The Lokpal could create more problems than it will solve
The Lokpal will be selected by a committee comprising, inter alia, the Chief Justice of India. It will be essentially an administrative committee, a part of the executive. Just as the executive cannot encroach on the judicial domain, similarly the judiciary should not be inducted into executive functioning. If judges of the Supreme Court were to be members of administrative committees, a very anomalous situation may arise.opinion Updated: Apr 24, 2017 19:02 IST
The Lokpal bill has generated much hype and hope in recent times. It is being seen as a big tool in eliminating corruption. But it will do no such thing. The Lokpal’s jurisdiction is restricted to cases of disproportionate assets amassed by public figures. The Act is redundant as the Prevention of Corruption Act is adequate to serve the same purpose. Lokpal does not cover day-to-day corruption.
The provision in the Lokpal Act fixing the age of retirement at 70 has the potential for misuse. It could prove to be too tempting a prize for some retiring members of the higher judiciary to resist, as the appointment of the Lokpal will be in the hands of the executive.
The Lokpal will be some kind of a super cop, a member of the executive. He will be selected by a committee comprising, inter alia, the Chief Justice of India. It will be essentially an administrative committee, a part of the executive. In other words, members of the higher judiciary are being proposed for executive duties. This will be a violation of the ‘basic structure’ of the Constitution.
‘Separation of powers’ is one of the most important among the features of the ‘basic structure’. Just as the executive cannot encroach on the judicial domain, similarly the judiciary should not be inducted into executive functioning. Article 50 of the Directive Principles of State Policy casts a moral responsibility on the State to separate the judiciary from the executive.
If judges of the Supreme Court were to be members of administrative committees, a very anomalous situation may arise. Suppose a candidate for the post of Lokpal were to be rejected by the selection committee. He can always exercise his fundamental right to move the High Court under its writ jurisdiction to challenge the committee’s functioning as biased and motivated. Will the High Court summon Supreme Court judges or pass orders on their functioning?
The Lokpal will be basically an investigation agency, a super CBI. It will have benches comprising Supreme and High Court judges who will superintend investigation by the Lokpal police. The investigation will continue to be done under the Criminal Procedure Code 1860, the oldest law in the statute book. Under the Code, the judiciary has absolutely no role as investigation is the exclusive prerogative of the executive. The investigation report will be submitted in the court of a special judge who will be a member of the subordinate judiciary. If investigation were to be monitored by Supreme Court and High Court judges, the accused may be hard pressed to get justice before a subordinate judge. It will be a travesty of criminal justice. It is settled law that the judiciary has no role in the investigation of offences. Under the Code, the High Court can pass any order in the “interest of justice”. But the Supreme Court itself has ruled that one exception is non-interference during investigation.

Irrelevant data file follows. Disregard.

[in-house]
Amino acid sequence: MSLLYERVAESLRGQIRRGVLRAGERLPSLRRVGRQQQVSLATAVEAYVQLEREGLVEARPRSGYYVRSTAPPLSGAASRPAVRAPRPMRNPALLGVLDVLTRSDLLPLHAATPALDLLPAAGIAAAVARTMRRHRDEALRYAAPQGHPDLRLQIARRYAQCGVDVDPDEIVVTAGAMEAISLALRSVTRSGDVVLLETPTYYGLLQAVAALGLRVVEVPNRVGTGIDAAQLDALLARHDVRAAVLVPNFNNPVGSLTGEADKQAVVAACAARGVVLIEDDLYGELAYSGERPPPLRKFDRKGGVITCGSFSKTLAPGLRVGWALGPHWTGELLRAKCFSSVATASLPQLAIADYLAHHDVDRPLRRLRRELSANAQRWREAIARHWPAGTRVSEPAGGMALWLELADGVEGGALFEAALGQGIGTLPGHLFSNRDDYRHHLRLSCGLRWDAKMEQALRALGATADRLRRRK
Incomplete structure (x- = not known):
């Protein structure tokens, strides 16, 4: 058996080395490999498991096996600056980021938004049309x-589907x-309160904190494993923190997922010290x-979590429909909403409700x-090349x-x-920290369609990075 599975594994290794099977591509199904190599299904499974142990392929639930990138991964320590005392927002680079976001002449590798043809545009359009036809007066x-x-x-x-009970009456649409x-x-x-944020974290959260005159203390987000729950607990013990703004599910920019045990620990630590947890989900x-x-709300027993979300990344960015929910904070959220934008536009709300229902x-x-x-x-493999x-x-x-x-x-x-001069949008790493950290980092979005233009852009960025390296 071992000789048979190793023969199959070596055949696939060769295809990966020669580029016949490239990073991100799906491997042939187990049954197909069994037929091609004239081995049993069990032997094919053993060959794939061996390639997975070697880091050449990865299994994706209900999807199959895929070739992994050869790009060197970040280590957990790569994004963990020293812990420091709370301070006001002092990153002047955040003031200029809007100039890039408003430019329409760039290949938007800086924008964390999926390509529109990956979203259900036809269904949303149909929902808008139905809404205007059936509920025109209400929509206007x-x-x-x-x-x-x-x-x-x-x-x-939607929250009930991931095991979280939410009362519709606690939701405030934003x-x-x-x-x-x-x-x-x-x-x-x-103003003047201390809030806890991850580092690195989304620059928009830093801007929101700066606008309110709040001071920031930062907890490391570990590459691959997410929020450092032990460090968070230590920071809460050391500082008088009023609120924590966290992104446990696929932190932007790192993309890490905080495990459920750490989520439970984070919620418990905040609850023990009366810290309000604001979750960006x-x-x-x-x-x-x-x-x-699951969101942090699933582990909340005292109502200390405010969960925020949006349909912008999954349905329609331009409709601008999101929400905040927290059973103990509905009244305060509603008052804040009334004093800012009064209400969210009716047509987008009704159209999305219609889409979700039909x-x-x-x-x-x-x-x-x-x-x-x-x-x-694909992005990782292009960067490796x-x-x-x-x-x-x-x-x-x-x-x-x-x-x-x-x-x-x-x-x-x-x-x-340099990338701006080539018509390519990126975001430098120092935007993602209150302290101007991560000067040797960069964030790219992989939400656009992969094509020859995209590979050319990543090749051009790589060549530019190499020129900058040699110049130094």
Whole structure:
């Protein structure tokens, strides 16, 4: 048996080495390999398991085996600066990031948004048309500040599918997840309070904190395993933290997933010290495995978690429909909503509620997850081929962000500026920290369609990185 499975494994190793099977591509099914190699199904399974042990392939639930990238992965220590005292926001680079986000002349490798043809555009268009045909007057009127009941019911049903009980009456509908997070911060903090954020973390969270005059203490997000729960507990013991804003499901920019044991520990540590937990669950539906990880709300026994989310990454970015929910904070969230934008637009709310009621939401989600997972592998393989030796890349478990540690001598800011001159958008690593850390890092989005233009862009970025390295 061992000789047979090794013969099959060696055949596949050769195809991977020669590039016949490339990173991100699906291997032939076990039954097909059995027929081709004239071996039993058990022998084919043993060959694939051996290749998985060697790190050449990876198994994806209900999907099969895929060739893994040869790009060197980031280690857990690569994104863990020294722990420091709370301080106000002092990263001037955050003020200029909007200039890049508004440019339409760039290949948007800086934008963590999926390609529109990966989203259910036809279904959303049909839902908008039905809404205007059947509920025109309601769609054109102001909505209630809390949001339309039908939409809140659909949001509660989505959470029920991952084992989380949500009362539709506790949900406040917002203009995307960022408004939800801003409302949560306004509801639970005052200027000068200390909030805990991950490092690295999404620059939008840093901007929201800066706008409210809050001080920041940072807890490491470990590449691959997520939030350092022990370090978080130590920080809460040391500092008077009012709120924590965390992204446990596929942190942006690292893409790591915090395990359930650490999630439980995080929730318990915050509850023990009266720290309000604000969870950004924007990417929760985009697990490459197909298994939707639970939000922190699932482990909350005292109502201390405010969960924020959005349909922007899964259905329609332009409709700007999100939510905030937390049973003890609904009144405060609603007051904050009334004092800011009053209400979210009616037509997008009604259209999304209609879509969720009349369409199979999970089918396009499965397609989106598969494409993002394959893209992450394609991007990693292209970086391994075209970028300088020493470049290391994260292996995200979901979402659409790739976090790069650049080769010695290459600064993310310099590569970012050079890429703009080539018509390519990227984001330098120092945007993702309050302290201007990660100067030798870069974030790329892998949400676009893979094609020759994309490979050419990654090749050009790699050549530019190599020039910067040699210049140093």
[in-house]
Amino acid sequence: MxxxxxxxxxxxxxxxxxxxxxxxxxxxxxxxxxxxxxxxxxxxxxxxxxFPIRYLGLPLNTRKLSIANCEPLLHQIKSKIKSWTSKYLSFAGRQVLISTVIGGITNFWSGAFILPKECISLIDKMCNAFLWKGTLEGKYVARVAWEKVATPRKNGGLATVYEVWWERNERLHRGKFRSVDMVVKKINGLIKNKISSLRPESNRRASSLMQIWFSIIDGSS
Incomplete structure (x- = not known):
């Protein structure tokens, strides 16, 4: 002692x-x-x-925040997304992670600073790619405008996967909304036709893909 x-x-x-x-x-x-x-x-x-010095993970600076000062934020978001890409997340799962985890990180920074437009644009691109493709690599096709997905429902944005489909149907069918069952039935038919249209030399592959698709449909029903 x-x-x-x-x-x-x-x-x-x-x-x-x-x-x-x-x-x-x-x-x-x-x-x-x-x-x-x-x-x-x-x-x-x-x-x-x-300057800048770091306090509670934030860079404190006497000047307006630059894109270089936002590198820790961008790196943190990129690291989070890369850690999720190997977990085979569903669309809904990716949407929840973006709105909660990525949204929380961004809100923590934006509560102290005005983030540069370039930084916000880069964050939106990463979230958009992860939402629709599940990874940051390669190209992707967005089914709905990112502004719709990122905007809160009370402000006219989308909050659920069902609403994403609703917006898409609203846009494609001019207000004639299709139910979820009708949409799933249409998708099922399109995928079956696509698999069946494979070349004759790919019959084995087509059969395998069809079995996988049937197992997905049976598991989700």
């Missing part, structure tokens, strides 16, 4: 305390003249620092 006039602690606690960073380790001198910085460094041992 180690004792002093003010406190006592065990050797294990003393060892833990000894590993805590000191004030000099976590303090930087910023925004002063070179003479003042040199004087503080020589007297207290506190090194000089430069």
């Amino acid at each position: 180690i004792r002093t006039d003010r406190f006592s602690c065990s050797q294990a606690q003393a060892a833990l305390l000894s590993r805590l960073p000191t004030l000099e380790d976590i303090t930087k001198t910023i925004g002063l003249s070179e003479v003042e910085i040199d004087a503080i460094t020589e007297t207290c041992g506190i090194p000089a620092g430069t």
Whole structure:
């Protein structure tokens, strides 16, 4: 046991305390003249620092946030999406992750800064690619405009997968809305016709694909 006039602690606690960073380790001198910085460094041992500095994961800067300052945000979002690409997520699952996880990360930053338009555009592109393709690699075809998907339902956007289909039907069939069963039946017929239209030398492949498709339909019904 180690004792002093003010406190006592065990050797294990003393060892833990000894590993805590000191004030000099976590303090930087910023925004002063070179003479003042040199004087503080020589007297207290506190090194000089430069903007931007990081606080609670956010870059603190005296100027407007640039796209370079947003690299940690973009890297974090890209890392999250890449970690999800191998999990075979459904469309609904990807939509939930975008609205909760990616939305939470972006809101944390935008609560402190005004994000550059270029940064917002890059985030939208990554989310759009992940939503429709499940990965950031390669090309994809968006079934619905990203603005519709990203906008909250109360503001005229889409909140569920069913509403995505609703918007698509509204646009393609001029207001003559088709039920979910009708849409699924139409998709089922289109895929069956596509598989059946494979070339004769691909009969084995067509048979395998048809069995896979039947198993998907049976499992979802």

The Lokpal, during the course of investigation, can ask for the suspension of any class 1 officer. And the government shall normally comply. In case the government differs, it shall explain the reasons for it. This is a very anomalous provision, as the appointing authority is the disciplinary authority in law. And the appointing authority of class 1 officers is the President of India. The provision implies that the President shall have to justify his action before the super cop! The Lokpal has been granted unlimited discretion to delegate his powers, which include raids, search and seizure to any “officer or employee”. Such a provision is in violation of administrative law whereby a power delegated cannot be sub-delegated. He will be authorised to attach “proceeds of corruption”, an expression which is vague and undefined. It is bad in law to empower an executive authority to do so, which is the lawful function of an independent court of law, after examining all evidence. The whole Lokpal issue warrants a serious rethink.